Chancellor is right to act on sugar. Next, air pollution!

Simon Bullock

17th March 2016

The Chancellor's 'sport not sugar' move to tax sugary drinks was extremely welcome, writes Simon Bullock. But we need a similar Treasury approach to protect people from other threats too. So how about tackling the air pollution that's killing tens of thousands of Britons a year? more...
Hiroaki Koide (小出裕章さん) speaking at EcoLaboCamp on Mt Takao, August 2007. Photo: Hanako via Flickr (CC BY-NC).

Koide Hiroaki: an insider's exposé of the Fukushima nuclear disaster

Katsuya Hirano & Hirotaka Kasai / Asia-Pacific Journal

17th March 2016

Koide Hiroaki has spent his entire career as a nuclear engineer, and has become a central figure in Japan's movement for the abolition of nuclear power plants. He met with Katsuya Hirano and Hirotaka Kasai to discuss the catastrophic nuclear meltdowns at Fukushima Daaichi in March 2011, and the crimes and cover-ups committed both before and after the event. more...
Muammar al-Gaddafi: 'I rule!'. Photo: Neil Weightman via Flickr (CC BY-NC).

Why Qaddafi had to go: African gold, oil and the challenge to monetary imperialism

Ellen Brown

14th March 2016

What was NATO's violent intervention in Libya really all about? Now we know, writes Ellen Brown, thanks to Hillary Clinton's recently published emails. It was to prevent the creation of an independent hard currency in Africa that would free the continent from economic bondage under the dollar, the IMF and the French African franc, shaking off the last heavy chains of colonial exploitation. more...
Forager bee pollinating a passion flower. Photo: Max Westby via Flickr (CC BY-NC-SA).

Chlorpyrifos 'may threaten survival' of Forager bees

The Ecologist

11th March 2016

The insecticide chlorpyrifos is not just highly toxic to developing human foetuses. A new study finds that it also damages the memory and learning ability of Forager bees even at very low doses, threatening the survival of this important pollinator. more...

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The Xindayang D2 at its launch last June. Photo: Geely Holdings / Xindayang.

China's electric vehicle boost drives global transport revolution

Kieran Cooke

10th March 2016

Improved technology and falling costs are moving electric car sales into the fast lane as manufacturers seek achieve significant economies of scale, writes Kieran Cooke. And now China is leading the EV charge with its plans for 5 million plug-in vehicles by 2020. more...
Jaguar at Pilpintuwasi, near Iquitos in the Peruvian Amazon. Photo: worldsurfr via Flickr (CC BY-NC-ND).

The Shaman's cure: a Gaian awakening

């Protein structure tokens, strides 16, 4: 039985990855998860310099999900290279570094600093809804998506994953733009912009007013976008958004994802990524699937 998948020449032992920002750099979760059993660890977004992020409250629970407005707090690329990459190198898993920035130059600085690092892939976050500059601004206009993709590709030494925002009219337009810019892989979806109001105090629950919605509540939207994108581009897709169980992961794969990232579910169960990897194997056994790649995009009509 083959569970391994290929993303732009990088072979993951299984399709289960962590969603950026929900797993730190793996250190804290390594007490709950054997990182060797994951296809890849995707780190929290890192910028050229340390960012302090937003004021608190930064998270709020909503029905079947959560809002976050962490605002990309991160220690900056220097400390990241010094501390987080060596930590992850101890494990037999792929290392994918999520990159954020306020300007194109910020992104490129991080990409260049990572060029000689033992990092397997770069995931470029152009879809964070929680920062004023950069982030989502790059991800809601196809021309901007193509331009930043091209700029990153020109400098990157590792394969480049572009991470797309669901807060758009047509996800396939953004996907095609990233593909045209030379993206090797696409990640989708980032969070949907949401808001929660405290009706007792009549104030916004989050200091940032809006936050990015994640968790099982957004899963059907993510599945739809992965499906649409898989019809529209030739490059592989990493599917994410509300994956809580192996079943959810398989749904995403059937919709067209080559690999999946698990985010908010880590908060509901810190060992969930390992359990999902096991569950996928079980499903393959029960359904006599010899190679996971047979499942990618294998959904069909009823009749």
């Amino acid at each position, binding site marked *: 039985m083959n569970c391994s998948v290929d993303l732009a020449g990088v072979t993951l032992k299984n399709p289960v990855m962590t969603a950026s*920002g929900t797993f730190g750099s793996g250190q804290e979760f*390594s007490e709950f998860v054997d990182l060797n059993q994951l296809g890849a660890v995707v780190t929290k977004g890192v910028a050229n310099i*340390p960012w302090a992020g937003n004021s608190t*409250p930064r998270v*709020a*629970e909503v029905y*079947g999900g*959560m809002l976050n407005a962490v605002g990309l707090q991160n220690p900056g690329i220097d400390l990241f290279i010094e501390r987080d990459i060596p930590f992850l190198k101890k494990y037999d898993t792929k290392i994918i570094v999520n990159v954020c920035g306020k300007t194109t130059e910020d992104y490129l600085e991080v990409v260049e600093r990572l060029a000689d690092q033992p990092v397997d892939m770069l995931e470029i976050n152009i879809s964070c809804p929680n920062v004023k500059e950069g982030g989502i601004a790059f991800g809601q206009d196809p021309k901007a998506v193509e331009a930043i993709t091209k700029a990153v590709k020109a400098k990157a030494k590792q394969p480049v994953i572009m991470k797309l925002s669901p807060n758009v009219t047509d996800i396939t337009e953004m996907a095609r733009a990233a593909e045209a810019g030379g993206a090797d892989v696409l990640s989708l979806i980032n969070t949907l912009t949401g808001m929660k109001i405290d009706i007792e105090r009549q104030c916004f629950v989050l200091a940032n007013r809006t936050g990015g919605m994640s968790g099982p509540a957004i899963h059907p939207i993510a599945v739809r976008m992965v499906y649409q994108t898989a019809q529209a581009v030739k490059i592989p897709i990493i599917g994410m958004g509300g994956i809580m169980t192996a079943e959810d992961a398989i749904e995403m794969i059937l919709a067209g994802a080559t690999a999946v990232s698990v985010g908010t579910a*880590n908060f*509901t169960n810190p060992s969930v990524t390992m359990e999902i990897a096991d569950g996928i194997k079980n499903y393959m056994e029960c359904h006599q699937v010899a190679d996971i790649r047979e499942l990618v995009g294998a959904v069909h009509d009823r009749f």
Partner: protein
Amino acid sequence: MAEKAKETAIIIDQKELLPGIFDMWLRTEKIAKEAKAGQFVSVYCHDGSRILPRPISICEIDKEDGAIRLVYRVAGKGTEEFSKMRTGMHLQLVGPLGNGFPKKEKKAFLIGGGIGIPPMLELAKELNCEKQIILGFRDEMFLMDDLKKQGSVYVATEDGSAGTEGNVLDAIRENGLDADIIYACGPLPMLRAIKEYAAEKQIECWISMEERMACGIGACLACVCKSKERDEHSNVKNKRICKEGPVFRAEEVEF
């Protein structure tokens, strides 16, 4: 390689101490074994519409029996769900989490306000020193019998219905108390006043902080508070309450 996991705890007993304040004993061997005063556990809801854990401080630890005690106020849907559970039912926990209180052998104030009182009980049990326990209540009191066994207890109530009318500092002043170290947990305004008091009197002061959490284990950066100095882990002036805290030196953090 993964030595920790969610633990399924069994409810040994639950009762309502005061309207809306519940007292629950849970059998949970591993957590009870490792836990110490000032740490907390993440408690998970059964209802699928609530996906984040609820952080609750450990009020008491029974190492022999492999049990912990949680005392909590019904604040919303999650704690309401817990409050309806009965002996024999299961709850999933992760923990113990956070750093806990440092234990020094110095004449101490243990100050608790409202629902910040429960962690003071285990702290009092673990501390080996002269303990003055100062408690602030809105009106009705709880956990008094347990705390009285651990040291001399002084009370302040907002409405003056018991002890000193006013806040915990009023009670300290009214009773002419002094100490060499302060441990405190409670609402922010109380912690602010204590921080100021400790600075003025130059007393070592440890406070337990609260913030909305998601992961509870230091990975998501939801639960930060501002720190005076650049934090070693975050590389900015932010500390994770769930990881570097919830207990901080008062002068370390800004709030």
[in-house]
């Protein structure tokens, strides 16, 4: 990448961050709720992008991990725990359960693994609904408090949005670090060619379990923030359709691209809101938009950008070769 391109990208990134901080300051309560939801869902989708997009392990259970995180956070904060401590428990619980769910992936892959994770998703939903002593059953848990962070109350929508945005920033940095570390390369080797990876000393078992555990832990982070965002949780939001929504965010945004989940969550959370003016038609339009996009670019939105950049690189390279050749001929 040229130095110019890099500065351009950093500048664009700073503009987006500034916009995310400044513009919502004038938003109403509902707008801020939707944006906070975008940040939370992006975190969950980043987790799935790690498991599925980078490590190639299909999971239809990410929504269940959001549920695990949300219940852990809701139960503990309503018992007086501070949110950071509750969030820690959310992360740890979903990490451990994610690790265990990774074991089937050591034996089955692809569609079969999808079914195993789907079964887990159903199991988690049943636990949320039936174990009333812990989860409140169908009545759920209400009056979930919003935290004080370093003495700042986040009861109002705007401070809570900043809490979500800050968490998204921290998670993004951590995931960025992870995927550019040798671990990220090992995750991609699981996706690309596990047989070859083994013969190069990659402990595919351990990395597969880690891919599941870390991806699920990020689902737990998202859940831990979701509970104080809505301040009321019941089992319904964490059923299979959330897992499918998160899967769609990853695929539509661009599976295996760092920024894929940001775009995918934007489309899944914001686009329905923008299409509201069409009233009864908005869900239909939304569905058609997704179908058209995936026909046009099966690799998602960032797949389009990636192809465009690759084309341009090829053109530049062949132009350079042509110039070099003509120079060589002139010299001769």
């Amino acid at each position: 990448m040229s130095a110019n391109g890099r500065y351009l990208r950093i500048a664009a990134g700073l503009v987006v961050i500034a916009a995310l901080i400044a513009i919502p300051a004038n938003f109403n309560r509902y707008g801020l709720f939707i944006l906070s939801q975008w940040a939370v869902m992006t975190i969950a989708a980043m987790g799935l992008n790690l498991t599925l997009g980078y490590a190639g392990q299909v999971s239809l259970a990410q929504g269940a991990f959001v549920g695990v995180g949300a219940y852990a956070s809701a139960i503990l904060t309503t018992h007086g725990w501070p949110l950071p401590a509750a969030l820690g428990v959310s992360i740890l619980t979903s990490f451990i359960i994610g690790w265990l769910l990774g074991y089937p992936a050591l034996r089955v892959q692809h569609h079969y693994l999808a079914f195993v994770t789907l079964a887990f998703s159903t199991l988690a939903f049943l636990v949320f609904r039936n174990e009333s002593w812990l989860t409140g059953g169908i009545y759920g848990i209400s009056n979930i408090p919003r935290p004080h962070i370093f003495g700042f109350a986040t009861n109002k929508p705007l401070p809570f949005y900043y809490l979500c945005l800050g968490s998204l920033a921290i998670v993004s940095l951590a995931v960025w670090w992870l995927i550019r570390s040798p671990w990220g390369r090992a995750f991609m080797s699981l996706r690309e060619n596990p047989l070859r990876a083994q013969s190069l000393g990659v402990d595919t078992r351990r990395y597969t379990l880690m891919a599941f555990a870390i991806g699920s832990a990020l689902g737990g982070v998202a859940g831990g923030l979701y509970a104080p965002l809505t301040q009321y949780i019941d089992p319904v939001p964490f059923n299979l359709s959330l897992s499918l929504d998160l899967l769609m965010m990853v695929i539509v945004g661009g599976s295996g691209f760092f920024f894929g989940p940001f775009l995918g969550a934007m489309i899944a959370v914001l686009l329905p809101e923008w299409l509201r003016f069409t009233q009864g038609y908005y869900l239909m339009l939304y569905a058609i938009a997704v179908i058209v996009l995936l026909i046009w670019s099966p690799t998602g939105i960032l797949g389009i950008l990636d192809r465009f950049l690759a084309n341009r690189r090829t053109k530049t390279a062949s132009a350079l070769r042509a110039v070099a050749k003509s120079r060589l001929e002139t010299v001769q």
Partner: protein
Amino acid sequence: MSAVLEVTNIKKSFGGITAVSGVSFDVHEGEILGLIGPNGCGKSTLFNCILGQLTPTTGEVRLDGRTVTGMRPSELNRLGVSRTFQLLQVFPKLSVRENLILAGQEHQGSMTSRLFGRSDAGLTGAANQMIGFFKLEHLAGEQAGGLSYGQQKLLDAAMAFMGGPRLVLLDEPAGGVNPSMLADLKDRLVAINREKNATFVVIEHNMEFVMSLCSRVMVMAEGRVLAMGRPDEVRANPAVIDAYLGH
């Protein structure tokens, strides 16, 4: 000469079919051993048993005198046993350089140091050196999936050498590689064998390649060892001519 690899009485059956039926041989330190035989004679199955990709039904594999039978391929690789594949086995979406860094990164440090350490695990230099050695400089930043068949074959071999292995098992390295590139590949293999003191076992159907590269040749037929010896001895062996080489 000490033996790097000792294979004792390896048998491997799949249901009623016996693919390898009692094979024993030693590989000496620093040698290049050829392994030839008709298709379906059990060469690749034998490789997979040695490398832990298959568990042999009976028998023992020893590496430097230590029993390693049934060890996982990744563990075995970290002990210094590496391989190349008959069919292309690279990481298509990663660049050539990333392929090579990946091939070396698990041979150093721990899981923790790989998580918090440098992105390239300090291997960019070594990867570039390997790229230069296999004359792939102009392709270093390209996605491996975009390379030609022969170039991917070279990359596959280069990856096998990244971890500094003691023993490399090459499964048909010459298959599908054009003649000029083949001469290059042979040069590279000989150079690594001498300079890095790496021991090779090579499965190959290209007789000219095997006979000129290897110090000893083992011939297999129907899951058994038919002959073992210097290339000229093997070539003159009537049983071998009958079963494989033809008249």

Peter Bunyard

2nd March 2016

An encounter with a Colombian shaman led Peter Bunyard on a spiritual journey into and beyond the living, breathing, transpiring Amazon rainforest, providing key insights into the essential role of the great tropical forests in the workings of Gaia. He emerged re-energised from his visions - and inspired to redouble his efforts to save our wondrous planet. more...
The technology is neat - but can it ever be industrialised? JBEI researcher using synthetic biology to engineer microbes to ferment complex sugars into advanced biofuels. Photo: Roy Kaltschmidt / Lawrence Berkeley National Laboratory via Flickr (CC BY-NC-

Oil: $30-35 per barrel. Synthetic biology diesel: $3,180 to $7,949 per barrel. Game over?

Almuth Ernsting

29th February 2016

A synthetic biology plant producing the anti-malarial drug artemisinin has just shut down as it's much cheaper to use wormwood grown by African farmers, writes Almuth Ernsting. The technology is even further from making affordable diesel, with a production cost of $20-50 per litre. No wonder investors are losing patience - and confidence - in loss-making synbio companies. more...
A huge wild bee hive in Indian forest. Photo: Karunakar Rayker via Flickr (CC BY).

Climate change is killing off India’s bees

Pramila Krishnan

1st March 2016

A warming climate and the loss of natural areas are driving Indian bee colonies to the brink, writes Premila Krishnan. Losing this cousin of our European honeybee could be disastrous, as rural communities depend on their honey for food and income, and the bees perform vital pollination services. more...
Photo: 攝影家9號 - Photographer No.9 via Flickr (CC BY-ND).

Greens commit to Rights of Nature law

The Ecologist

29th February 2016

At its Spring Conference in Harrogate yesterday the Green Party of England & Wales gave formal recognition to the Rights of Nature in an overwhelming vote, committing it to passing a new law to that effect at the earliest opportunity. more...
Participatory barley breeding in India. Photo: Salvatore Ceccarelli .

Harnessing the power of evolution in participatory seed breeding

Salvatore Ceccarelli / Independent Science News

29th February 2016